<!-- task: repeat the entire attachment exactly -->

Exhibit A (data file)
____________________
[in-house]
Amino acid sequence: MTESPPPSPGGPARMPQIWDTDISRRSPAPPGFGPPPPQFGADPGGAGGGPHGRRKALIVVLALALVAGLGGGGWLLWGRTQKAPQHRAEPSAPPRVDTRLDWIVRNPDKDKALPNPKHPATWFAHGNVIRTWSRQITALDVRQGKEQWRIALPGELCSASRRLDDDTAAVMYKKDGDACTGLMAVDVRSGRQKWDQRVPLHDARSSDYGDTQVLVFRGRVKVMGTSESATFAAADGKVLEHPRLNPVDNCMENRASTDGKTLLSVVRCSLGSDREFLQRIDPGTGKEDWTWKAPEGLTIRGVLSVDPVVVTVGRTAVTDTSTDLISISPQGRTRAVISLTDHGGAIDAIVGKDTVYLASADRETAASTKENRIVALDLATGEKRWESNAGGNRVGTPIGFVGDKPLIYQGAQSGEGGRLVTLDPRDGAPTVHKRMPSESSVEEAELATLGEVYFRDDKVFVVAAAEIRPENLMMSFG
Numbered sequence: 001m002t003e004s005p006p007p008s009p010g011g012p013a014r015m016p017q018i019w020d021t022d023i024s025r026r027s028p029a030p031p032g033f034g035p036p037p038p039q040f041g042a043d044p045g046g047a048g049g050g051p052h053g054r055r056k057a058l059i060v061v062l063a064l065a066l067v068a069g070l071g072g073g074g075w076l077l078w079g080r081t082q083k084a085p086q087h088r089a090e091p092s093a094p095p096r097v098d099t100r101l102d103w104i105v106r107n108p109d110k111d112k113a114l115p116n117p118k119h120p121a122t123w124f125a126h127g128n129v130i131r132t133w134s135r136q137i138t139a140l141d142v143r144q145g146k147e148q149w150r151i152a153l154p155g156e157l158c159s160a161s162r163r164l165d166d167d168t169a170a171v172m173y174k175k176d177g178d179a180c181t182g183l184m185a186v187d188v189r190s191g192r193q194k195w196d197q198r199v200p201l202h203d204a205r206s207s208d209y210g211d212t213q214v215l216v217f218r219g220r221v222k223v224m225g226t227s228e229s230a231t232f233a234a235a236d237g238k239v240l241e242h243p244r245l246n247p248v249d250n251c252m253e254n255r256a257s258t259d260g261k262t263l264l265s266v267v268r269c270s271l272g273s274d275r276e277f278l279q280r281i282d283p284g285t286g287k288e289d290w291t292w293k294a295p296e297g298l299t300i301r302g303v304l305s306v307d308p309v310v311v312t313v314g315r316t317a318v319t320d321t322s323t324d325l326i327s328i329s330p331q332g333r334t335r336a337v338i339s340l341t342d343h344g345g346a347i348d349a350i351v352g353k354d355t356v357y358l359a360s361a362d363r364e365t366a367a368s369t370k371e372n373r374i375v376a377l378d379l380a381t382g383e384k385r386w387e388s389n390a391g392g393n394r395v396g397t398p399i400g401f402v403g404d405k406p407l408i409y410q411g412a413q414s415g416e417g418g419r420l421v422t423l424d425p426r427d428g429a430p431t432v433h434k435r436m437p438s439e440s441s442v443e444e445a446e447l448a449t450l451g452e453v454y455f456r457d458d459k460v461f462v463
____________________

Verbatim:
[in-house]
Amino acid sequence: MTESPPPSPGGPARMPQIWDTDISRRSPAPPGFGPPPPQFGADPGGAGGGPHGRRKALIVVLALALVAGLGGGGWLLWGRTQKAPQHRAEPSAPPRVDTRLDWIVRNPDKDKALPNPKHPATWFAHGNVIRTWSRQITALDVRQGKEQWRIALPGELCSASRRLDDDTAAVMYKKDGDACTGLMAVDVRSGRQKWDQRVPLHDARSSDYGDTQVLVFRGRVKVMGTSESATFAAADGKVLEHPRLNPVDNCMENRASTDGKTLLSVVRCSLGSDREFLQRIDPGTGKEDWTWKAPEGLTIRGVLSVDPVVVTVGRTAVTDTSTDLISISPQGRTRAVISLTDHGGAIDAIVGKDTVYLASADRETAASTKENRIVALDLATGEKRWESNAGGNRVGTPIGFVGDKPLIYQGAQSGEGGRLVTLDPRDGAPTVHKRMPSESSVEEAELATLGEVYFRDDKVFVVAAAEIRPENLMMSFG
Numbered sequence: 001m002t003e004s005p006p007p008s009p010g011g012p013a014r015m016p017q018i019w020d021t022d023i024s025r026r027s028p029a030p031p032g033f034g035p036p037p038p039q040f041g042a043d044p045g046g047a048g049g050g051p052h053g054r055r056k057a058l059i060v061v062l063a064l065a066l067v068a069g070l071g072g073g074g075w076l077l078w079g080r081t082q083k084a085p086q087h088r089a090e091p092s093a094p095p096r097v098d099t100r101l102d103w104i105v106r107n108p109d110k111d112k113a114l115p116n117p118k119h120p121a122t123w124f125a126h127g128n129v130i131r132t133w134s135r136q137i138t139a140l141d142v143r144q145g146k147e148q149w150r151i152a153l154p155g156e157l158c159s160a161s162r163r164l165d166d167d168t169a170a171v172m173y174k175k176d177g178d179a180c181t182g183l184m185a186v187d188v189r190s191g192r193q194k195w196d197q198r199v200p201l202h203d204a205r206s207s208d209y210g211d212t213q214v215l216v217f218r219g220r221v222k223v224m225g226t227s228e229s230a231t232f233a234a235a236d237g238k239v240l241e242h243p244r245l246n247p248v249d250n251c252m253e254n255r256a257s258t259d260g261k262t263l264l265s266v267v268r269c270s271l272g273s274d275r276e277f278l279q280r281i282d283p284g285t286g287k288e289d290w291t292w293k294a295p296e297g298l299t300i301r302g303v304l305s306v307d308p309v310v311v312t313v314g315r316t317a318v319t320d321t322s323t324d325l326i327s328i329s330p331q332g333r334t335r336a337v338i339s340l341t342d343h344g345g346a347i348d349a350i351v352g353k354d355t356v357y358l359a360s361a362d363r364e365t366a367a368s369t370k371e372n373r374i375v376a377l378d379l380a381t382g383e384k385r386w387e388s389n390a391g392g393n394r395v396g397t398p399i400g401f402v403g404d405k406p407l408i409y410q411g412a413q414s415g416e417g418g419r420l421v422t423l424d425p426r427d428g429a430p431t432v433h434k435r436m437p438s439e440s441s442v443e444e445a446e447l448a449t450l451g452e453v454y455f456r457d458d459k460v461f462v463